An AI.Type application database has been found on the Internet. Open to all, she nevertheless stored users' personal data as well as their address books.

Watch out for the mobile apps you download. Some store a lot of data about you and do not store it securely. The latest example is AI.Type, a popular alternative smartphone keyboard developed by the Israeli start-up of the same name. Available on iOS and Android, this app has more than 40 million users. Equipped with artificial intelligence functions, she is able to learn the writing style of the user and propose corrections and custom insertions.

What the product description does not say is that this application collects a large amount of personal data about users and stores them in databases open to all. Researchers in Kromtech Security were able to get their hands on a MongoDB database that obviously belongs to AI.Type and was freely accessible from the Internet.
6 million address books

This database contained 577 GB of data from 31 million users, probably on Android platform. It contained a quantity of personal data: name, surname, phone numbers, emails, country of residence, languages ‚Äč‚Äčenabled, version of Android, IMSI number, IMEI number, data from social profiles, geolocation data. But that's not all. This AI.Type database also stored the address books of 6 million users, with names and phone number. Which accounted for over 373 million admissions. Finally, there was a lot of statistical data like the most frequent Google queries, average number of messages per day, average number of words not message, etc.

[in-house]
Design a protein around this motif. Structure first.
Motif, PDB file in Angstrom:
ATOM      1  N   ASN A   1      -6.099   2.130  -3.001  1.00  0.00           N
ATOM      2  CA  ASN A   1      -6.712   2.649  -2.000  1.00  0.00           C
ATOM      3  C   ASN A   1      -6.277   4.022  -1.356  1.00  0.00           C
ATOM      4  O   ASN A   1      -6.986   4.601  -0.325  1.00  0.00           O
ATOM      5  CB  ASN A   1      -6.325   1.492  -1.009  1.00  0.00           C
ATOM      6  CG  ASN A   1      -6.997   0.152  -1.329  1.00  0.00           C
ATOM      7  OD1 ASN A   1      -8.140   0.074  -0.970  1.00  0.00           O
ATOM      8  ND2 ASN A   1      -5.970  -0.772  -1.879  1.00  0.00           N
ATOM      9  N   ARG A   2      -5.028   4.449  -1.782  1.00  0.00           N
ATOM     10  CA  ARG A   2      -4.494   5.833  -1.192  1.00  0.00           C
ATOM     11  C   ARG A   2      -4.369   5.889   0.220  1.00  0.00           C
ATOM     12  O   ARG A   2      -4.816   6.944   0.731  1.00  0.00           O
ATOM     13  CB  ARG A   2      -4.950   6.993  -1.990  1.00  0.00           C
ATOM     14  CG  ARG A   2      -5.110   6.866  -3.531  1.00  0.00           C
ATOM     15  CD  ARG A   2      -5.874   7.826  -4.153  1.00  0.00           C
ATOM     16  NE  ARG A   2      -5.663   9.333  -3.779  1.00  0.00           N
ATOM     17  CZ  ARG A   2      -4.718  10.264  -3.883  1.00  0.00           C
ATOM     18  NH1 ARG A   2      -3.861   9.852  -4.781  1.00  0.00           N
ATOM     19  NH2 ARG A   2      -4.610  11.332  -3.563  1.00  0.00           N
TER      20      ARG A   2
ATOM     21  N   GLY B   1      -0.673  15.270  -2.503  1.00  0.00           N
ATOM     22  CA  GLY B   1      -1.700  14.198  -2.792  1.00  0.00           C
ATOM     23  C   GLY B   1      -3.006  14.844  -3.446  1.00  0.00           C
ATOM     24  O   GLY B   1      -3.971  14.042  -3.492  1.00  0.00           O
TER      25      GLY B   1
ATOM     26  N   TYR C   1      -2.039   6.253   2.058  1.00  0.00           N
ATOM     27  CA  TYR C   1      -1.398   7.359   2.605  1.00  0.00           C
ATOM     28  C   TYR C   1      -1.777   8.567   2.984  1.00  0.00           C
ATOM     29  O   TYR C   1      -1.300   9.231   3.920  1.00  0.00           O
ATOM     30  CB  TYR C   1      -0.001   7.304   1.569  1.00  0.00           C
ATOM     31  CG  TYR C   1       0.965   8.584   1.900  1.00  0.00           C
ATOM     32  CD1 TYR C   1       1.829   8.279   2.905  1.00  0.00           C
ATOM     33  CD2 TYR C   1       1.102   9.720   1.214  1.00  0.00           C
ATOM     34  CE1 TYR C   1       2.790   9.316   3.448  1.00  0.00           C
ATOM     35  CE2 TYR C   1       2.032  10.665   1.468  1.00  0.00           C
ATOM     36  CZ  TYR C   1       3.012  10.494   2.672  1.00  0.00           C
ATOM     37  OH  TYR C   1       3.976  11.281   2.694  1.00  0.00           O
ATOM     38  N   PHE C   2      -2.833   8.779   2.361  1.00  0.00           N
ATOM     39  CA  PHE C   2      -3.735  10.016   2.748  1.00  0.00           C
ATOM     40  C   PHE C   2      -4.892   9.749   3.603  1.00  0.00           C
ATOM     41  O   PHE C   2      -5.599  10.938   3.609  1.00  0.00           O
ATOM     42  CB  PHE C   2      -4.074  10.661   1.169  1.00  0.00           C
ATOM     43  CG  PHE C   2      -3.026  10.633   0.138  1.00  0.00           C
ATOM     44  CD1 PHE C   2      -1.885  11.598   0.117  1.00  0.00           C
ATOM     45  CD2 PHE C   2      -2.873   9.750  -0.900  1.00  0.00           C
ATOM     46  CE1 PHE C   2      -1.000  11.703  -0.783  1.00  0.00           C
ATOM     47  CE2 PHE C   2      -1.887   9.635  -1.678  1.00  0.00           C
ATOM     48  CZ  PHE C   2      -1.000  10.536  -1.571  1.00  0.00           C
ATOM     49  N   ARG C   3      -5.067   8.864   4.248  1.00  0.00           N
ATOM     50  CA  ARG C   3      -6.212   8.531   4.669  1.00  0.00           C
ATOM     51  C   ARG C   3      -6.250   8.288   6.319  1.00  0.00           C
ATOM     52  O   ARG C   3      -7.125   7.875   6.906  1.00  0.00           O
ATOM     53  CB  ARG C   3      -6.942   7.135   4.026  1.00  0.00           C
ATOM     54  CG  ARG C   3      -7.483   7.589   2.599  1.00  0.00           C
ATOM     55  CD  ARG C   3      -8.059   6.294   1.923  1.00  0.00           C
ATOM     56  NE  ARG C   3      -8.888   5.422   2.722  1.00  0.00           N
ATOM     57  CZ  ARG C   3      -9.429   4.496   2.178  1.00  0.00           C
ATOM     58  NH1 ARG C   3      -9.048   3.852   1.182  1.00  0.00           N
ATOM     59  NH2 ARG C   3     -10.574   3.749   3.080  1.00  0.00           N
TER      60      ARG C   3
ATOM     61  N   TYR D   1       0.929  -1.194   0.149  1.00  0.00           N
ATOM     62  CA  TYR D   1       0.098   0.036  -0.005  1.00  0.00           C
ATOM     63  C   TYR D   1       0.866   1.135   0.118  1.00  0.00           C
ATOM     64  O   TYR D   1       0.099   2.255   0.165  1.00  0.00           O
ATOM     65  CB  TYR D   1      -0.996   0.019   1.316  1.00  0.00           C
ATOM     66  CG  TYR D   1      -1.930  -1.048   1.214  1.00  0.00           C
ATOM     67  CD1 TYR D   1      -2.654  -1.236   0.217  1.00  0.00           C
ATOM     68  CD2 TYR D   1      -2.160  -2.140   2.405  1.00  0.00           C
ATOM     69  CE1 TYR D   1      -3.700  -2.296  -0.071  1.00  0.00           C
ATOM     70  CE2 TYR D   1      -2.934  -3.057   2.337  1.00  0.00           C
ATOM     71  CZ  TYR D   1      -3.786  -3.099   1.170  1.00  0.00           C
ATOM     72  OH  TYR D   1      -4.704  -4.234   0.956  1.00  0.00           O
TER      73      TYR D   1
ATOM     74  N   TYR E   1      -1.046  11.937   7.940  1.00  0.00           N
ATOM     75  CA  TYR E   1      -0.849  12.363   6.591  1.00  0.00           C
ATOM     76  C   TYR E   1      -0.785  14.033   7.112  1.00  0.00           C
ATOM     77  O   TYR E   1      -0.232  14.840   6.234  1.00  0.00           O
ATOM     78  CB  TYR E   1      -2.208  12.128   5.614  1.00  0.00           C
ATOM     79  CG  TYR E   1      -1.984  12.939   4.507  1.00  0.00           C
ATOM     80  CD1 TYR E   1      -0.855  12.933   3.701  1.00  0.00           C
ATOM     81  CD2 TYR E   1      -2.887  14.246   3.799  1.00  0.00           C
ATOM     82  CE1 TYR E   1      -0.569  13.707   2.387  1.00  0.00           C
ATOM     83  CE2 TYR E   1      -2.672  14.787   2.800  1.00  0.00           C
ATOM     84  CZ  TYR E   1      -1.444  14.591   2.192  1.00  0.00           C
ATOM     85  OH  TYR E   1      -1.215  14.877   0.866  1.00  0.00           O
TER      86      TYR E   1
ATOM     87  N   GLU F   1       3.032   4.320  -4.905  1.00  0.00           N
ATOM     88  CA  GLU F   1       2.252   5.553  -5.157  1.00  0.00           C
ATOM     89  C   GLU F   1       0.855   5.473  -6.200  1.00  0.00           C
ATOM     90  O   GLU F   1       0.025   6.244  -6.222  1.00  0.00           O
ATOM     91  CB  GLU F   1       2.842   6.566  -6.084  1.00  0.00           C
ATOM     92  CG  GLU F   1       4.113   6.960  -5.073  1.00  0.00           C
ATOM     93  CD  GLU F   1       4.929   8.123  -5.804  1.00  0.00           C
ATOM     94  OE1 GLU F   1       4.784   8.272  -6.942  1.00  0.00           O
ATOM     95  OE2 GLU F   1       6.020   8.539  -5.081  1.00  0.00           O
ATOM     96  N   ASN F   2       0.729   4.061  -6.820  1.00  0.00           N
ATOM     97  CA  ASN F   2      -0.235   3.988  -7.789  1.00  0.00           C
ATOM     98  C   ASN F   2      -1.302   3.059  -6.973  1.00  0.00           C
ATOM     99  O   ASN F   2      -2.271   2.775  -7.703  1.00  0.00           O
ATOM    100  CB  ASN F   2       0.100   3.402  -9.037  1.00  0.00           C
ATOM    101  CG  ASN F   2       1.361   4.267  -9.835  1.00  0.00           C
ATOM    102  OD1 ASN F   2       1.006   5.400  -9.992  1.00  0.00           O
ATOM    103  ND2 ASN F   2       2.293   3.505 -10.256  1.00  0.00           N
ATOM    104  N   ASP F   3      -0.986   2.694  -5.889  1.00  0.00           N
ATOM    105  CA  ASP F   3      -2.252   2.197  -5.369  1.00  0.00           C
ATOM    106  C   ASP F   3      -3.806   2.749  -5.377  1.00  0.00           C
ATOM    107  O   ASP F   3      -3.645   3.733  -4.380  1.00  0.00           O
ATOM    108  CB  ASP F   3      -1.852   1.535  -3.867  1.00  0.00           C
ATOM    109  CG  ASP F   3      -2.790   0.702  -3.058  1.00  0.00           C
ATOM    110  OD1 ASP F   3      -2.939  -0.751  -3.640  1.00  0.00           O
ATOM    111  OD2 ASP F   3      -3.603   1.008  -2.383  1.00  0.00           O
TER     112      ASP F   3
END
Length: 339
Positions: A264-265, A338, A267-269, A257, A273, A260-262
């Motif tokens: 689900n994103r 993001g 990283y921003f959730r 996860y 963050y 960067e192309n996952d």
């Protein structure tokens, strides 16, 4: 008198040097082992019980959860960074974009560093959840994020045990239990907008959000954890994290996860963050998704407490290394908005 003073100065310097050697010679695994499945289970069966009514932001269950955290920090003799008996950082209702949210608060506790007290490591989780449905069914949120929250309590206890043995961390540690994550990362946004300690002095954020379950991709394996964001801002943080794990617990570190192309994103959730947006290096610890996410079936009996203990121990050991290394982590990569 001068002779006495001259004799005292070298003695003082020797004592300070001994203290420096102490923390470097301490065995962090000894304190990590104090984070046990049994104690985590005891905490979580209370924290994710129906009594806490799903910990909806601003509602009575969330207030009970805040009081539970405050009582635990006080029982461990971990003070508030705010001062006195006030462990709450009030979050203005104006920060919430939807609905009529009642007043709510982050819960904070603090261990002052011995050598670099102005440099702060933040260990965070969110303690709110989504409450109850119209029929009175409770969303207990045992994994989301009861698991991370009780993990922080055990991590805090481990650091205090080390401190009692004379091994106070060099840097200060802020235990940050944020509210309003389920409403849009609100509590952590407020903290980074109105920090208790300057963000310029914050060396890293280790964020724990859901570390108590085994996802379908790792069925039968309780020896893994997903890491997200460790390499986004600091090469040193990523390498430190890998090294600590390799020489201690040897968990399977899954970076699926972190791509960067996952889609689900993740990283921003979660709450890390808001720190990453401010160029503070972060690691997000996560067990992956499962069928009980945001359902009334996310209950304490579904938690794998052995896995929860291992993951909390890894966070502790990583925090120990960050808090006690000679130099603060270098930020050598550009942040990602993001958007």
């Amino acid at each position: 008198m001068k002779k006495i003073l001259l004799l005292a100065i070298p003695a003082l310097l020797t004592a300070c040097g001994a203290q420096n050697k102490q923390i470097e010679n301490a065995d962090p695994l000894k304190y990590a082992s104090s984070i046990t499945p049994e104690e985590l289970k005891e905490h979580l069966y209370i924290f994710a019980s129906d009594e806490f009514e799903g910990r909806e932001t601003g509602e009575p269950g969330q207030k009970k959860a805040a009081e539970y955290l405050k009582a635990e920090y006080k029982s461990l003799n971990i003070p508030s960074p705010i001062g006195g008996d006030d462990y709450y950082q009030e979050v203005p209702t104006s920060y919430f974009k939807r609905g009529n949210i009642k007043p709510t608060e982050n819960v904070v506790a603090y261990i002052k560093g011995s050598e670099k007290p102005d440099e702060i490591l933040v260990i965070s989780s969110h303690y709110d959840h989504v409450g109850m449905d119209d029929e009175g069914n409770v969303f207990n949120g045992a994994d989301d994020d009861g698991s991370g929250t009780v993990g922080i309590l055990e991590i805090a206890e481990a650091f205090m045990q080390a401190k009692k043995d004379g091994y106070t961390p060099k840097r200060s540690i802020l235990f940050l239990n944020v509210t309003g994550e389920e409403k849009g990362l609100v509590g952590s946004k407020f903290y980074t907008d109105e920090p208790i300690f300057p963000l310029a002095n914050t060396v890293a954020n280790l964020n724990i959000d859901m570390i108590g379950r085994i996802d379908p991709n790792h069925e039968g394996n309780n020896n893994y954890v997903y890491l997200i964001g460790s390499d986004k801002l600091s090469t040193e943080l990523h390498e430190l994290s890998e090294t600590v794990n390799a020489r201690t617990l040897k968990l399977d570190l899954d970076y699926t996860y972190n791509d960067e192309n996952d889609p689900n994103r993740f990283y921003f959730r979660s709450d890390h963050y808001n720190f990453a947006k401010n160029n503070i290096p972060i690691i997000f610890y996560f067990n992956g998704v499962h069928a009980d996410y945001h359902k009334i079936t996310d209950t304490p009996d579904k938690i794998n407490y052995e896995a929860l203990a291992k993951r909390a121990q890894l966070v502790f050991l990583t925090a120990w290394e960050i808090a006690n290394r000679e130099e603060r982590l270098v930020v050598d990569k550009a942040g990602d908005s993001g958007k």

Pinned by a user on Play Store, the publisher tries to minimize this security vulnerability: "The data were found by a security expert and were not consulted or used by other people. The data mainly contained anonymous usage patterns, user retention, ad performance, and so on. The leak is completely corrected. Given the data found by the researchers, this answer is not very credible.

Users may be happy that the collection in MongoDB has not gone further. During installation, the app offers a "total access" option that allows it to transmit everything the user types to the publisher's servers. It is likely that this data is stored somewhere. Let's hope they are anonymized and properly secured. But doubt is allowed.

Younes Derfoufi

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